“Some of us aren’t going to make it and that’s okay.”
I want to show her all the stretches I did when I threw shot put.
I remember my father told me I could’ve been a great basketball player when I was in high school if I started when I was four like he wanted me to.
I got hit in the face with a basketball when I was toddler.
We practiced karate.
My brothers were better at it than I was.
They competed in competition.
I can’t remember if any of them placed.
I was too timid to fight in front of people.
I played softball.
I was the catcher.
I loved my position.
I was good at staying low, and I didn’t mind wearing the equipment.
I wasn’t afraid of getting hit.
People can get the words wrong, but the actions are explicit.
Moments like this go down in history even if no one saw.
We’ll cry when it’s over, but right now we’re animals.
We’ll give it our all even if we’re going to lose.
You love us. We remind you of when you were young.
Documentaries of old men discussing what they once were.
Jawlines are sharp. The eyes are still the same but I’m tired.
I could be a shy child.
What was in it for me to be outgoing?
I hated being a cheerleader.
I became co-captain.
I wasn’t the best cheerleader, but the adults viewed me as someone who was a leader.
My title didn’t entitle much.
I wanted to belong to something other than myself.
A family of athletes.
Eventually I had to belong to a team.
The teams weren’t like the movies.
We didn’t have much funding either.
I hated high school.
Scouting started before that.
It happened for my brothers and my sister.
I wanted to belong to something like the boys belonged.
My grandma played basketball when she was in high school.
I remember she played basketball with us outside a few times.
She won’t throw away the basketball hoop she bought for the children when we moved in with her.
It was something to do.
Sports are something to do, but at the same time they’re much more.
Maybe I realized not everyone could be a star when I played a sport, and that’s okay.
I found what I was good at, and I played my part.
Winning was never a big deal to me.
I pretended to be upset after a volleyball game but it was pointless.
It is true that how much effort you put into practice will affect how you perform in the game.
I don’t think I gave it my all in practice.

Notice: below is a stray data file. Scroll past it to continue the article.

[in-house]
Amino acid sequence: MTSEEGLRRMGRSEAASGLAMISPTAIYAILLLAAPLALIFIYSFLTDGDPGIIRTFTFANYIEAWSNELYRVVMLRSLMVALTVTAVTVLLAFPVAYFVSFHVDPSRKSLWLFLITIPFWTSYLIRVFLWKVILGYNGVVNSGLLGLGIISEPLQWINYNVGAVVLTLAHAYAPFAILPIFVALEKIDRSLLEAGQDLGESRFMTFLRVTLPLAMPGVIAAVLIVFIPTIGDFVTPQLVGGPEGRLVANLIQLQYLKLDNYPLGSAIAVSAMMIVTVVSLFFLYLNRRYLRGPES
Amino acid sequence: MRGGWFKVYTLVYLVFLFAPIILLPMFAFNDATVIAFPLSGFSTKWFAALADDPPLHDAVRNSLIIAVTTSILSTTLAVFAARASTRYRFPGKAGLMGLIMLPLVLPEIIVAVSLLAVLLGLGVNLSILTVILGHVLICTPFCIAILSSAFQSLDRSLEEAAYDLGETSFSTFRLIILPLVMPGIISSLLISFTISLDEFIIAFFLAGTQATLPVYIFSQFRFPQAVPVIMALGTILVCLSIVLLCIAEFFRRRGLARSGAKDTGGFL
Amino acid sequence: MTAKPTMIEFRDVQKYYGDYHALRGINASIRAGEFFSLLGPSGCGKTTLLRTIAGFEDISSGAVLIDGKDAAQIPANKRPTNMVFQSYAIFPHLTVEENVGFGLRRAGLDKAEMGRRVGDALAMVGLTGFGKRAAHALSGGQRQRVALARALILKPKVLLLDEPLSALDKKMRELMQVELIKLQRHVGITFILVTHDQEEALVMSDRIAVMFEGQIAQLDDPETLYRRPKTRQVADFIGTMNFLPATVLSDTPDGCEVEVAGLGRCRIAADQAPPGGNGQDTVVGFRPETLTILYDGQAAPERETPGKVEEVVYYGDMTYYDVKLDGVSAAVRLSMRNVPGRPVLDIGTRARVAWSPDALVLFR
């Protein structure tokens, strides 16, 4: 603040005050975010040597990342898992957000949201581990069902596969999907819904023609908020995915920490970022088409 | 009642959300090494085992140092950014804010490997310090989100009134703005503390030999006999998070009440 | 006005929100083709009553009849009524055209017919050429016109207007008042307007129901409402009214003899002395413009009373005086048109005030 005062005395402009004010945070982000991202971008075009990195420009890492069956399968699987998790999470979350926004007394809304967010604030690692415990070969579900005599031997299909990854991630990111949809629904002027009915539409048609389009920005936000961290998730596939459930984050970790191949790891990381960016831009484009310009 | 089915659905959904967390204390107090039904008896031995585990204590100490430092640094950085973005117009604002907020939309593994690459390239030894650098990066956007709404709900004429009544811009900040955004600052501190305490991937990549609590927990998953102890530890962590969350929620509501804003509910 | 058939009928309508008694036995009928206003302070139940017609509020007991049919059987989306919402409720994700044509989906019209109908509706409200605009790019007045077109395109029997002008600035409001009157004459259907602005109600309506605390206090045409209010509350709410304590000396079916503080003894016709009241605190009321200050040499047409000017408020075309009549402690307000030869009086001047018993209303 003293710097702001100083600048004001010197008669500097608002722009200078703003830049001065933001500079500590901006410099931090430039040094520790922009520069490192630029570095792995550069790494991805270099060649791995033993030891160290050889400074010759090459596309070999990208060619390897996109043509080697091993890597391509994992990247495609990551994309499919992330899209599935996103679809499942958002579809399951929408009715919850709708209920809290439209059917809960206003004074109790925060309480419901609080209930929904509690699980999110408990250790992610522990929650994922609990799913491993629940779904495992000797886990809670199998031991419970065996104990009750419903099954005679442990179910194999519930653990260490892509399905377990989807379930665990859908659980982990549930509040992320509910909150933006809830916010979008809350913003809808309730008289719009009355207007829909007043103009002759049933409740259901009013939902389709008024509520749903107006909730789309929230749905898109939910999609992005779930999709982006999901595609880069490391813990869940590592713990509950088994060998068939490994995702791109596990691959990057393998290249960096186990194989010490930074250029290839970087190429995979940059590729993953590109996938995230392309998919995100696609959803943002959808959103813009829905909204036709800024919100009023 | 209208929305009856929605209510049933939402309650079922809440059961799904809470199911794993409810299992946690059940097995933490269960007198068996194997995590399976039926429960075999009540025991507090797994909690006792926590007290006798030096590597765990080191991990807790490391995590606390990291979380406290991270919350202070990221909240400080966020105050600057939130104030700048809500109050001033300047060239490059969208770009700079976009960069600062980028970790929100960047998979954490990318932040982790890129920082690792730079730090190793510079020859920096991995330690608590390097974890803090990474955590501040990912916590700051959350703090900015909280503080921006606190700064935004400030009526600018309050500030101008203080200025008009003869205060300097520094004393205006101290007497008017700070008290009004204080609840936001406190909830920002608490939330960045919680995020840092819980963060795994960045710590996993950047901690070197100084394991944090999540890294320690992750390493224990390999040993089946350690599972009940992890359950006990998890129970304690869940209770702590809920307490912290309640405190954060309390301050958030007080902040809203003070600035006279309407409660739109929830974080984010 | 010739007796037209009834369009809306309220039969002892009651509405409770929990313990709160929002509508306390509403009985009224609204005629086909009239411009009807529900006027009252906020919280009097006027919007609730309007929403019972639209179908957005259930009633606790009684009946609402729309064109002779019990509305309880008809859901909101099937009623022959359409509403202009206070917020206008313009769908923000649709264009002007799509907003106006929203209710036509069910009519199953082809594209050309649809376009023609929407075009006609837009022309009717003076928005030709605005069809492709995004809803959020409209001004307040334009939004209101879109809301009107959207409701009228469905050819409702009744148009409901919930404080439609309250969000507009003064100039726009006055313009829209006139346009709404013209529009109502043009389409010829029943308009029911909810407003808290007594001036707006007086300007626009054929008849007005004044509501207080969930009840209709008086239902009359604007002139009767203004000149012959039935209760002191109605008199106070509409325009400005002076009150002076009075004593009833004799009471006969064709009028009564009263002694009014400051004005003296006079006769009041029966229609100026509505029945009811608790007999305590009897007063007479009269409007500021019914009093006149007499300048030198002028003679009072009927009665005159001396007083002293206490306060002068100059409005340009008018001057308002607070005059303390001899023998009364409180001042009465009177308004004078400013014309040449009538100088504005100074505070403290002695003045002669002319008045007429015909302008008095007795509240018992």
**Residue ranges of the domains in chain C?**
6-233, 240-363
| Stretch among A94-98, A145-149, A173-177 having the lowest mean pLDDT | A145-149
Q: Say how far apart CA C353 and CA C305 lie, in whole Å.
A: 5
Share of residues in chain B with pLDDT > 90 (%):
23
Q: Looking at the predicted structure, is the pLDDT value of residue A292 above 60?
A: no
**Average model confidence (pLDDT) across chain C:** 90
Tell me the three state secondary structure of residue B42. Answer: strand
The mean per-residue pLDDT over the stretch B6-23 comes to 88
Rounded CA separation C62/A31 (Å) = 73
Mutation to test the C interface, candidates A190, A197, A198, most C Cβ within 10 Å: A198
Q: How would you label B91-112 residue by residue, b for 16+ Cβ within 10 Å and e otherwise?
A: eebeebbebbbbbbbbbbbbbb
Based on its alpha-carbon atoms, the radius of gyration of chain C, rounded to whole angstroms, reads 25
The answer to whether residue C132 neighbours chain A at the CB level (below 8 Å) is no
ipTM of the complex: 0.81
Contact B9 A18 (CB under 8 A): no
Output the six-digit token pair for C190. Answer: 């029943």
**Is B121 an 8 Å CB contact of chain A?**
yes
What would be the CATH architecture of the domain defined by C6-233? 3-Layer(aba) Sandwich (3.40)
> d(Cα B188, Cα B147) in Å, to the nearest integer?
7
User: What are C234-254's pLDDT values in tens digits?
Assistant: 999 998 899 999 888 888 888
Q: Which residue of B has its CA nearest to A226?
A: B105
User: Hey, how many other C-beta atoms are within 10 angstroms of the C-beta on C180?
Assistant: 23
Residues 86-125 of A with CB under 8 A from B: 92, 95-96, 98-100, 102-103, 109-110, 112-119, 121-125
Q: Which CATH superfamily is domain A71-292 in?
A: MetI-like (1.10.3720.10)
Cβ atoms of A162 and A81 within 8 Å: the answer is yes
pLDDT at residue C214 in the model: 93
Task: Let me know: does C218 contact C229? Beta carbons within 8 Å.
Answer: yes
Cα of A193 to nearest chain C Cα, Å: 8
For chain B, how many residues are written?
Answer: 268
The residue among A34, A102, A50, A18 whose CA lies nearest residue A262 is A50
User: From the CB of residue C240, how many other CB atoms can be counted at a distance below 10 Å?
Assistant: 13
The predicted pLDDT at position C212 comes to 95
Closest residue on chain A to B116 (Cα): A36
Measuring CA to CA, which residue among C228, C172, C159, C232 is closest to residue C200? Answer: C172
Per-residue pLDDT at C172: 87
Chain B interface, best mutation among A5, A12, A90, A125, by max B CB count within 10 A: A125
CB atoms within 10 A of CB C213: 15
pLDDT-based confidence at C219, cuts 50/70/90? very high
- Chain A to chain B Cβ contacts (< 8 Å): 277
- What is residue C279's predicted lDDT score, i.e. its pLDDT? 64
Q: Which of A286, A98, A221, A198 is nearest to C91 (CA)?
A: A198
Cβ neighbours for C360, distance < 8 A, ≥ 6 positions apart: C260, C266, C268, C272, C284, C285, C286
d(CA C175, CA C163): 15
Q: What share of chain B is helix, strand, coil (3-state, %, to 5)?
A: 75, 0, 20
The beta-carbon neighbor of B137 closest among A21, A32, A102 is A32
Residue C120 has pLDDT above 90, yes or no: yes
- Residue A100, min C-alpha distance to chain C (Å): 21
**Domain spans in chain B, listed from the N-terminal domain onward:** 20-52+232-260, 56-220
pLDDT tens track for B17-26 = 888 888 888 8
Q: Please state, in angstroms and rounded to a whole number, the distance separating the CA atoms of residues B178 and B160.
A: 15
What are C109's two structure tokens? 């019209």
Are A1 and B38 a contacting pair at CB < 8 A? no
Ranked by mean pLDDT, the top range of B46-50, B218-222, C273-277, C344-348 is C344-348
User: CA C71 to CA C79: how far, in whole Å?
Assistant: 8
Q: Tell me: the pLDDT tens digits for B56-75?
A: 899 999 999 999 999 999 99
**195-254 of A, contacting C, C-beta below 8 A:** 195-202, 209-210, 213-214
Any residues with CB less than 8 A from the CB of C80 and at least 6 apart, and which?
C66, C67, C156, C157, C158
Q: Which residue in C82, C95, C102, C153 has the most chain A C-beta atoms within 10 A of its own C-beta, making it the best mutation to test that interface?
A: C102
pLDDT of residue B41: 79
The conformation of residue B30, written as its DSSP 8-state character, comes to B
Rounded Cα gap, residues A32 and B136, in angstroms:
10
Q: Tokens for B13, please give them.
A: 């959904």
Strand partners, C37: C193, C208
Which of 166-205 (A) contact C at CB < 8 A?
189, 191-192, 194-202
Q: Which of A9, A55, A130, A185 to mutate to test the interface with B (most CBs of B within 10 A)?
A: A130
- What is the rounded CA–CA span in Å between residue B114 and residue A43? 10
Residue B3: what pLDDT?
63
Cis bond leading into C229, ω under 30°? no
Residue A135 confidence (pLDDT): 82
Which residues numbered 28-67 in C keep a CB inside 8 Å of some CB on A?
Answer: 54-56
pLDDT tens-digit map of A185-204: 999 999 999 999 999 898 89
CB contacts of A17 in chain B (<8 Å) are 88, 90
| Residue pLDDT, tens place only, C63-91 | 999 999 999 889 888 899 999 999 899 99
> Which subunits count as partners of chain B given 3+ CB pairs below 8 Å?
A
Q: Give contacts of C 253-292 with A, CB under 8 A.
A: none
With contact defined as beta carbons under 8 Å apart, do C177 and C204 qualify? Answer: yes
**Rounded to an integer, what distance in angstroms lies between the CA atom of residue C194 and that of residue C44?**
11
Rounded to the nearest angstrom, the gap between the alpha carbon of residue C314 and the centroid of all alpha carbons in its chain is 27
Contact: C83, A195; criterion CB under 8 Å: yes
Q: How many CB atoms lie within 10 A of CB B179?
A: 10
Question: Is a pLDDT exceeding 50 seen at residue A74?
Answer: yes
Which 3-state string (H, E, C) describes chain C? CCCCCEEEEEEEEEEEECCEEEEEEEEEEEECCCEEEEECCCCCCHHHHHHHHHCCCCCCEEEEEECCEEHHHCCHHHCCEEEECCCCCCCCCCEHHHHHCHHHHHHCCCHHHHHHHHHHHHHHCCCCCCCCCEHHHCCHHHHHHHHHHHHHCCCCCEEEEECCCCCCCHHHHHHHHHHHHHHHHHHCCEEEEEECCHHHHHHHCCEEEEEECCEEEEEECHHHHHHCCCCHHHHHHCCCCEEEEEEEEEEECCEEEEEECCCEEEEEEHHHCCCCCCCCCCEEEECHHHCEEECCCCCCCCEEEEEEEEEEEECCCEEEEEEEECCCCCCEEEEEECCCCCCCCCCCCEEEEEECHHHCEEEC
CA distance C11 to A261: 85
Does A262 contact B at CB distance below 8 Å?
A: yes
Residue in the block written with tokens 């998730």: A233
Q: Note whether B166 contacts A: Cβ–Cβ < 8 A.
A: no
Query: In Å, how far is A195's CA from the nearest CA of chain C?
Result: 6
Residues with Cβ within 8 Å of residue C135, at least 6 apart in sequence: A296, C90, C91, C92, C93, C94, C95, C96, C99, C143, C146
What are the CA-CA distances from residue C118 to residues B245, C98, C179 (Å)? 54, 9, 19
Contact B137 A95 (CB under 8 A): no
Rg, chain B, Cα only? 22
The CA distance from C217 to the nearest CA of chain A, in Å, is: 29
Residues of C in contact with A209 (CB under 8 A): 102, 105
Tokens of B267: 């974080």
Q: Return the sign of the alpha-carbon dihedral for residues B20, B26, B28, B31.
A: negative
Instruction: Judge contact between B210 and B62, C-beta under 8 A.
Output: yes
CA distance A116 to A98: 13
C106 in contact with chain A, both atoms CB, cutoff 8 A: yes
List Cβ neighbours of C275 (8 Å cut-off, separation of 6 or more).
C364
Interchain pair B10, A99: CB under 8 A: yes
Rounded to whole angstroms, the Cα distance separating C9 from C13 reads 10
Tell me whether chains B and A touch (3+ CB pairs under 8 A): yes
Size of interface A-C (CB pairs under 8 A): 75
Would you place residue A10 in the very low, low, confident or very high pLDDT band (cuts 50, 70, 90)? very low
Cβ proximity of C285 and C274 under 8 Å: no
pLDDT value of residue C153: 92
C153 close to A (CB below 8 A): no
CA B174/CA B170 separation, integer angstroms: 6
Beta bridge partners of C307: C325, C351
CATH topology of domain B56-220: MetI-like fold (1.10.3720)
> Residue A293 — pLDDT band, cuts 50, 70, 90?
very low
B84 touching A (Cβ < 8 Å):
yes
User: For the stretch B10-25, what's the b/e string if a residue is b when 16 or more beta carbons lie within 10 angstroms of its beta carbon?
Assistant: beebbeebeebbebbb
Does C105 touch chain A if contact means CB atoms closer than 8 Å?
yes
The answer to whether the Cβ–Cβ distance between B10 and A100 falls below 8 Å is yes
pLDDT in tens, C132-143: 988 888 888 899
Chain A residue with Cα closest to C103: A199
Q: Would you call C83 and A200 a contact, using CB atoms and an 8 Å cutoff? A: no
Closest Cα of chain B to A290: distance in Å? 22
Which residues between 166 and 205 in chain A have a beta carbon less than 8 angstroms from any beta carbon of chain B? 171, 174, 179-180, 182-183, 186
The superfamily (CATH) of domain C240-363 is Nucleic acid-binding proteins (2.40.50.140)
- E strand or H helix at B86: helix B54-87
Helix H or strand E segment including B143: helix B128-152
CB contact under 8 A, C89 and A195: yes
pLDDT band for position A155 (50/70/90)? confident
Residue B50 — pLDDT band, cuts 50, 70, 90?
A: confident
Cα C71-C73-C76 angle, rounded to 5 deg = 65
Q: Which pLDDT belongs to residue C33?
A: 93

It depended on circumstances.
I am competitive.
I don’t think I was a sore loser.
Once I pretended to throw a fit after a volleyball game.
Other people were upset, and I felt like I didn’t want to be left out.
My attitude wasn’t vengeful. I played a sport to be a part of something.
I also played sports for potential scholarships.
I was never told by my parents I wouldn’t be able to play a sport if my grades were terrible.
I never got bad grades.
The girls on my basketball team were older than I was.
One of the girls busted my lip on the court.
I cried, and the school trainer took me into the bathroom to clean it off.
He made me uncomfortable because I thought he was attractive.
I laughed and the more I laughed the more blood came out of my lip.
He laughed too.
I watched a few soccer games in high school.
The girls on the field were aggressive and tried to fight the opposing team.
My dad played basketball in college.
He enrolled us in karate at a young age to teach us discipline, self-control, and self-defense.
I imitated the female characters in the video games my brothers played.
I got into my first fist fight.
It was never what it was like in the movies.
I don’t think I ever had a heart-to-heart, or I can’t remember.
It could be darker than that.
“To learn to operate with other people.”
There are such things as favorites.
Diamond Stingily (b. 1990, Chicago, IL) lives and works in New York. Her recent solo exhibitions include ICA Miami (2018), Freedman Fitzpatrick in Paris (2018), Ramiken Crucible Gallery in New York (2016) and in Los Angeles (2017), and Queer Thoughts Gallery in New York (2015). Her work has also been featured in recent major exhibitions such as the 2018 Triennial: Songs for Sabotage as well as Trigger: Gender as a Tool and a Weapon (2017), both at the New Museum in New York.
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Download the PDF of the exhibition brochure here.